Five centuries after Magellan's company introduced Divine Child image in the Philippines, festival continues to unite generations
STERLING HEIGHTS — Almost 500 years ago, on the island of Cebú in the Philippines, a small wooden statue of a round-cheeked, yet regal infant Jesus began an influential cultural reign far greater than its small stature.
Gifted to Queen Juana in 1521 by Portuguese explorer Ferdinand Magellan on the occasion of her baptism, the statue was rediscovered 44 years later, having survived a fire that burned down Cebú.
In the centuries since, the image of Santo Niño de Cebú (Holy Child of Cebú) has been purported to be miraculous in nature and responsible for marvels ranging from healing the sick to causing infertile women to become pregnant. The statue survives today and is kept in the Basilica del Santo Niño in the Philippines. To this day, Filipino households around the world have their own replicas and continue to venerate the child year-round.
Every year on the third Sunday of January, roughly 1 to 2 million Filipinos congregate in Cebú for the celebration of the Feast of Santo Niño. Although not a liturgical feast on the Church's calendar, the cultural celebration is a time to commemorate the history and faith of the Filipino people.
A fraction of the highly popular Cebú celebration, the tight-knit Filipino community of southeast Michigan gathers together in much the same way, to pay homage and celebrate their Catholic Filipino culture and history.
On this year's festival, Jan. 11, more than 500 local Filipinos gathered at St. Rene Goupil Parish in Sterling Heights, beginning in the sanctuary for an evening of veneration and celebration. Families brought their personal statues of the Christ Child and placed them on the steps leading up to the altar, creating a sea of Santo Niños staring out at the congregation.
The festival began with a rosary, novena, Mass, and then the centuries-old tradition of the Sinulog — the dance for Santo Niño performed by the Sinulog queens wearing traditional Filipino garb, who represent Queen Juana and dance with the replica of Santo Niño in their arms.
Other Santo Niño celebrations around the Archdiocese of Detroit incorporated elements of the traditional festival, including one at St. Mary, Cause of Our Joy Parish in Westland.
For Filipinos around the world, the feast of Santo Niño and the Sinulog are where culture and faith collide, and it’s how they continue to introduce these aspects of home and tradition to their younger generations.
“The biggest challenge is the generational divide in our community,” said Wilmer Suan, president of the Filipino American Community Council of Michigan. While the older generations dig in their heels about the culture, the younger generations are still trying to figure out their place as Filipino Americans, Suan said.
“The younger generation is looking at themselves and their identity and asking what their relevance as a Filipino (is) as U.S. citizens,” Suan said. “What is their relevance in the great conversation?”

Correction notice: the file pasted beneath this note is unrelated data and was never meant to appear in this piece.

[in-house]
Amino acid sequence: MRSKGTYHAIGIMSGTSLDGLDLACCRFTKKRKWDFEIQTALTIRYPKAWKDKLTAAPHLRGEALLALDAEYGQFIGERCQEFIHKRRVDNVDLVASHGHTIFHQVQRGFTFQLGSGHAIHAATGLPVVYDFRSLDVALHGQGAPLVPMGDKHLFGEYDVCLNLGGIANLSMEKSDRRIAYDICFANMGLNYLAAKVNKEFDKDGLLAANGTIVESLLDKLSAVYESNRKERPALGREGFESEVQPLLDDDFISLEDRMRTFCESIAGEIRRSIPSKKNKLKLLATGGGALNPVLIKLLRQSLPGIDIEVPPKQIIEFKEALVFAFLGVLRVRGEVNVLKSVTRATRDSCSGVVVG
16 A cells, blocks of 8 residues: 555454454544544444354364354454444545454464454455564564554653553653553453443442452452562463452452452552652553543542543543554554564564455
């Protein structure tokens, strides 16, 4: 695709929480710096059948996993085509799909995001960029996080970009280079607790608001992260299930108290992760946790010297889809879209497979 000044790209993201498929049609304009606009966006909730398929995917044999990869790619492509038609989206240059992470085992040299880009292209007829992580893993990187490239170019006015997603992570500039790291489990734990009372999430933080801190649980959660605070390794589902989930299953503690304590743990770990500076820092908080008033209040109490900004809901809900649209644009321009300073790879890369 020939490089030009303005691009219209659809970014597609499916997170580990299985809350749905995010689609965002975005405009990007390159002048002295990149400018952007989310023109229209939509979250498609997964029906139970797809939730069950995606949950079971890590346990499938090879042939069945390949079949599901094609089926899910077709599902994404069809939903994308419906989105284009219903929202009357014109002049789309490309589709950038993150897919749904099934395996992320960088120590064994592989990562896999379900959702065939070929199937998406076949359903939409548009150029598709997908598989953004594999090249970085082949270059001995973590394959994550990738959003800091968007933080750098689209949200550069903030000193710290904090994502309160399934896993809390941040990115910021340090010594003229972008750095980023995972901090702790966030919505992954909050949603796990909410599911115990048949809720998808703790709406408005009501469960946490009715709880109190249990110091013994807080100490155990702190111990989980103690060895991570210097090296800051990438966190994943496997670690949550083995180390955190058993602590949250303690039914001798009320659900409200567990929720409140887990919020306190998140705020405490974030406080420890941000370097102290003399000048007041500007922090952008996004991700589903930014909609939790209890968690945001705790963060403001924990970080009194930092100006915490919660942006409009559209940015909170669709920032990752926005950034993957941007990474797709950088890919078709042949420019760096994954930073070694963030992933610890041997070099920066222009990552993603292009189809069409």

Despite the generational divides, the festival of Santo Niño unites the Catholic Filipino community, and there is a part for everyone to play in making the celebration to honor the Christ Child as special and joyous as possible.
“We do all of this to bring our Filipino youth born here to really appreciate what we have back home. We infuse the culture as well as our Catholic faith,” said Tess Pascua, the organizer for the 2020 Sinulog at St. Rene Goupil as well as the head of the Kapulungan ng mga Katolikong Pilipino sa Michigan, a group that serves Catholic Filipinos in Michigan.
Pascua grew up in Cebú and remembers celebrating Santo Niño as a young girl.
“Normally, all the streets are packed. It’s so festive and there are a lot of tourists coming in. Before it was just us dancing in the streets, waving our Santo Niño. And that’s how we pay homage. And then we have the nine nights of novena,” Pascua said.
Pascua is also a leader in a Santo Niño devotion group that prays together weekly and venerates the Santo Niño image throughout the year.
Pascua and other leaders in the Michigan Filipino community are fervently trying to share their rich Filipino-Catholic culture with first-generation Filipino Americans. While the tradition of celebrating feasts and treating prayer with joy is rooted within her, Pascua observed the younger generations are not having the same experiences she had growing up.
“These kids are not having that experience that we had back home,” Pascua said. “There are so many things here in the U.S. (that) you tend to forget the faith you had back home.”
GariAnn Cadelina, a 20-year-old college student at the University of Detroit Mercy, has been participating in the Sinulog since she was 8 years old, and this year, for the first time, she was chosen as the reigning Sinulog queen. Cadelina’s experience of Filipino culture is different from her mother and father’s, who both grew up in the Philippines, but she values the many religious celebrations in the Filipino community and the lessons they offer for both her faith and her cultural heritage.
“I see the importance of doing this and participating in this not only as a prayer to God and as a way of praise and worship to Him,” Cadelina said. “It sets me apart from other kids that I grew up with because not only am I doing something for God, it’s embracing the Filipino culture, and I am very proud to be Filipino American.”
And there is hope that these cultural and faith traditions will continue for years to come, through Cadelina’s generation and onward.
“I’ve been with Santo Niño for so many years and I’ve been blessed,” Pascua said.
And even though it is not really tangible, she can feel the light, blessing and joy in venerating his presence through these deeply rooted traditions.